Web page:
Please use this identifier to cite or link to this item: https://hdl.handle.net/10356/39438
Title: Design and development of a biopolymer microfiber fabrication device
Authors: Yap, Yi-Liang.
Keywords: DRNTU::Engineering::Mechanical engineering::Prototyping
DRNTU::Engineering::Materials::Biomaterials
Issue Date: 2010
Abstract: Tendon injury is common but so far, there has yet to be any satisfying treatment for it. One emerging approach is to reconstruct the tendon by Tendon Tissue Engineering (TTE). This is done by culturing cells on a biodegradable scaffold. Existing approach generally involves in vitro culture of cell before in vivo implantation of the cell-scaffold construct. However in vitro environment has been shown to be inferior to the in vivo environment, in terms of natural healing factors and biocompatibility issues. Hence, a novel approach is proposed to conduct TTE fully in vivo. In this report, a microfiber fabrication device is designed and developed to produce unfused biopolymer microfiber bundle. This end-product will be used as scaffold material in the in vivo cultivation approach research. As a scaffold material for tendon tissue, the scaffold has to be unfused so that it may move apart in wet environment to allow cell infiltration. Also, the microfiber cannot contain toxic additives that may harm the human body. In order to mimic the tendon tissue, the microfiber has to be within the range of 1 µm to 20 µm and the bundle to be around 500 µm. In order to do so, the device must be able to sustain a continuous production of fiber for at least 1 minute and have a production rate higher than 1 mg/min. Moreover, the device has to be economical to fabricate and easy to set up because it is meant for laboratory scale production of microfiber. It should also be relatively portable to allow increased mobility. Finally, the device should be able to produce a variety of end products. Heat drawing is the method used in producing the microfiber. Molten polymer within a holding cup with a tiny orifice below is drawn by a needle and stuck onto a spinning mandrel for collection. As the melt is pulled from the orifice, extensional flow causes the thinning in the melt diameter and the atmosphere cools the melt down into a fiber before it is collected on the mandrel. Preliminary test results show that the prototype is able to produce micro-scale fiber although it is 3 microns out of the accepted range. It is proposed that by decreasing diameter of the cup’s orifice, as well as optimizing melt temperature and mandrel rotation speed, microfiber diameter within acceptable range can be produced. Apart from that, the device is shown to fulfill the other criteria for usage in a laboratory scale microfiber production.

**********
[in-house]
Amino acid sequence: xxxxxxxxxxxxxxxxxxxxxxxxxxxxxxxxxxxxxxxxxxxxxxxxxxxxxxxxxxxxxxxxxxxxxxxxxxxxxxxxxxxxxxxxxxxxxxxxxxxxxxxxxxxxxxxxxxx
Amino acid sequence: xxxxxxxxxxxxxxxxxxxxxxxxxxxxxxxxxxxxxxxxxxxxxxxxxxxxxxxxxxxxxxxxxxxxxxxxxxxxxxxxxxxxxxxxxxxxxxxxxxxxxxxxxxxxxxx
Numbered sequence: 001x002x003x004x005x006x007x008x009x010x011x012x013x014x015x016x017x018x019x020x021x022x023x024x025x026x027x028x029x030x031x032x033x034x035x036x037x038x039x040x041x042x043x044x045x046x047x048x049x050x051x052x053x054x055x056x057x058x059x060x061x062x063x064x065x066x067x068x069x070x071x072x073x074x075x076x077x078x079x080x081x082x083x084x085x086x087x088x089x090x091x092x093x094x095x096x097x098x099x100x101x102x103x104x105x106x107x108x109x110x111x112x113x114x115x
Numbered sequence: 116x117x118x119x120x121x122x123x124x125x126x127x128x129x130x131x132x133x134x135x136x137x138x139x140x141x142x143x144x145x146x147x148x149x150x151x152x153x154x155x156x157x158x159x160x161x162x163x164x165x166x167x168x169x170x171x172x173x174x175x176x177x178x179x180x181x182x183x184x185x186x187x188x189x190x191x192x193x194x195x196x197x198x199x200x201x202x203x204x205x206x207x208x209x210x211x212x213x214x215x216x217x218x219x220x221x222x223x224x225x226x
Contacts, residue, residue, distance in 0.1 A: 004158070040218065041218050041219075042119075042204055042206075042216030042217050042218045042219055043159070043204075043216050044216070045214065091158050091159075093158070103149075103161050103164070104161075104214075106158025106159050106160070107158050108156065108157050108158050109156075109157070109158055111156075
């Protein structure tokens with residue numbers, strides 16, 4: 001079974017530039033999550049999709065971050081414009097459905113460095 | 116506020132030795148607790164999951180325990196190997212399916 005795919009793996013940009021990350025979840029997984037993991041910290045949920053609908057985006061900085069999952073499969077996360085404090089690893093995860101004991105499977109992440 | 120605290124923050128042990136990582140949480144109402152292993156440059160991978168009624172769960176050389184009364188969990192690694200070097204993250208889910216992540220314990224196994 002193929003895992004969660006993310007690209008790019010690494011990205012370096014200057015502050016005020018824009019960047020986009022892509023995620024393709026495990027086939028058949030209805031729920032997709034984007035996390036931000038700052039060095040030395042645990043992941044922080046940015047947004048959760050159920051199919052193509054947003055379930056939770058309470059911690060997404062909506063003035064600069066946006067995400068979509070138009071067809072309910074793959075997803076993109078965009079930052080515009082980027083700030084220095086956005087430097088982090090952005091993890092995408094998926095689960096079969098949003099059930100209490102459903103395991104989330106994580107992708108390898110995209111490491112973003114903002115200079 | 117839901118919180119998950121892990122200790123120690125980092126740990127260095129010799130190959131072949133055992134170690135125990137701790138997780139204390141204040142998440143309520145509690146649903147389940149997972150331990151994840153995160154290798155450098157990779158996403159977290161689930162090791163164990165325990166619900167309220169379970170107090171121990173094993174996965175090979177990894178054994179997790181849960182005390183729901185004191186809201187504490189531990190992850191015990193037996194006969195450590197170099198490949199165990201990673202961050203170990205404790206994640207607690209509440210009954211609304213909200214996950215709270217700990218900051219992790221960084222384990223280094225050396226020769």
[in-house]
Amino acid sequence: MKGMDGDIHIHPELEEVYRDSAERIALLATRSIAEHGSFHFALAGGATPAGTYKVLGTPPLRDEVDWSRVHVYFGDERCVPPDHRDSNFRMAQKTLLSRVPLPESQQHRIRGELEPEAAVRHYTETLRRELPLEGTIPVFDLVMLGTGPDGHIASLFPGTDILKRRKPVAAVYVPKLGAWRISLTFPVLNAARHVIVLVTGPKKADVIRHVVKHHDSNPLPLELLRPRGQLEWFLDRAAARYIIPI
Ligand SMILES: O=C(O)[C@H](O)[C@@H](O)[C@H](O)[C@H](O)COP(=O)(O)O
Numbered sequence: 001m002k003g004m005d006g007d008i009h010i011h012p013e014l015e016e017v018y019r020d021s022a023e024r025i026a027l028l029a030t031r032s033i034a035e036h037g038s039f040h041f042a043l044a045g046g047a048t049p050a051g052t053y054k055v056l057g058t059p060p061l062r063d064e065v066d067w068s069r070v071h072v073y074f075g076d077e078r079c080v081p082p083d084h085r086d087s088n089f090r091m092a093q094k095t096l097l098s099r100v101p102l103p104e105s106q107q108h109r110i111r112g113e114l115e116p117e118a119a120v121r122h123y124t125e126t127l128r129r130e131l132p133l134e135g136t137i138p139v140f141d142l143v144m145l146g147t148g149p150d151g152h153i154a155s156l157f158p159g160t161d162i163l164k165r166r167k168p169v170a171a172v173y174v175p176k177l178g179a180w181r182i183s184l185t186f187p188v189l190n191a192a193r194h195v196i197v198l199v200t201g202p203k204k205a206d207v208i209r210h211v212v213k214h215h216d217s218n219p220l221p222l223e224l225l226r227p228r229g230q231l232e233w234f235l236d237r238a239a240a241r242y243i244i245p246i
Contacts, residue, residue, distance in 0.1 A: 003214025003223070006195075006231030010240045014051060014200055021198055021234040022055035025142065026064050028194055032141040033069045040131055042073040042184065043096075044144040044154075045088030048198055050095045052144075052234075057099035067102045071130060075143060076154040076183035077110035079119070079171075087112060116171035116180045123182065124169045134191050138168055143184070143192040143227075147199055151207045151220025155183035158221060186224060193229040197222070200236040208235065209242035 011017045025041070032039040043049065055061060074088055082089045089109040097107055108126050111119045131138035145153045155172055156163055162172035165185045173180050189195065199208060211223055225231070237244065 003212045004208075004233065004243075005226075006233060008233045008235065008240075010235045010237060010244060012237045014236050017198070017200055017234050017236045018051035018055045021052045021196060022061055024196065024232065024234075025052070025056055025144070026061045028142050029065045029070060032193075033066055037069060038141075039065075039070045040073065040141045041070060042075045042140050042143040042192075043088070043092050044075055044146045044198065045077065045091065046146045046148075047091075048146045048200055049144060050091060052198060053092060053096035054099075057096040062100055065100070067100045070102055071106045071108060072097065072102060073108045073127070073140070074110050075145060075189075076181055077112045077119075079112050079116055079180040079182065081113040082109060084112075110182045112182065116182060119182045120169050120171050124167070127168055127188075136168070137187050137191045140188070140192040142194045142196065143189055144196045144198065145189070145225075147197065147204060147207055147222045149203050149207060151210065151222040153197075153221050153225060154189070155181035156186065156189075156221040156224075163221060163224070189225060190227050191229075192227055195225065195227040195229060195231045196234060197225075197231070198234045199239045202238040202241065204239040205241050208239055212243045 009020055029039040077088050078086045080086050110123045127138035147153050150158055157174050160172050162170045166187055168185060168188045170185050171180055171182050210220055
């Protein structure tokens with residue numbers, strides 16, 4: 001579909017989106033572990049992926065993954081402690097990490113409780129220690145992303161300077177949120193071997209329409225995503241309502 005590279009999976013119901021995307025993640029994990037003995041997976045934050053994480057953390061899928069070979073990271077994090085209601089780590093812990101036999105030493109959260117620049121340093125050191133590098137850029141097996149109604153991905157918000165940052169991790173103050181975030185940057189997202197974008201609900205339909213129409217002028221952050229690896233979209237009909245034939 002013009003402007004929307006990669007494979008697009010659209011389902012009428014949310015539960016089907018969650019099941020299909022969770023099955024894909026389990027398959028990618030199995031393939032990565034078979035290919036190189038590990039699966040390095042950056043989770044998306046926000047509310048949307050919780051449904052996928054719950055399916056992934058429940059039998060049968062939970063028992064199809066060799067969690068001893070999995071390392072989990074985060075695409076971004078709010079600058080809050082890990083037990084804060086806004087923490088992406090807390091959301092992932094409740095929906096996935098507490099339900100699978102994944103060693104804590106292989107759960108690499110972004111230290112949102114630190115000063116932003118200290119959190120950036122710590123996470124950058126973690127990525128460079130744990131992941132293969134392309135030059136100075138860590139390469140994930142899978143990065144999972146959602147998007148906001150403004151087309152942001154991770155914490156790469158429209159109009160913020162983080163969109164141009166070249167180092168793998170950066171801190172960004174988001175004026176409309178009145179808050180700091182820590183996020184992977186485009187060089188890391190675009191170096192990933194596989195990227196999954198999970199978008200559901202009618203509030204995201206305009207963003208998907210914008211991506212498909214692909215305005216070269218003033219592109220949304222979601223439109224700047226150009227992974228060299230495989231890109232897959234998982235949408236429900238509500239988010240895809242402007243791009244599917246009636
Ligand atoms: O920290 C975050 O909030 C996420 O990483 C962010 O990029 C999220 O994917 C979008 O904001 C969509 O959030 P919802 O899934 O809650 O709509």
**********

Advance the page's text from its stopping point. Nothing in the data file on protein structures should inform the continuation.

URI: http://hdl.handle.net/10356/39438
Rights: Nanyang Technological University
Fulltext Permission: restricted
Fulltext Availability: With Fulltext
Appears in Collections:MAE Student Reports (FYP/IA/PA/PI)

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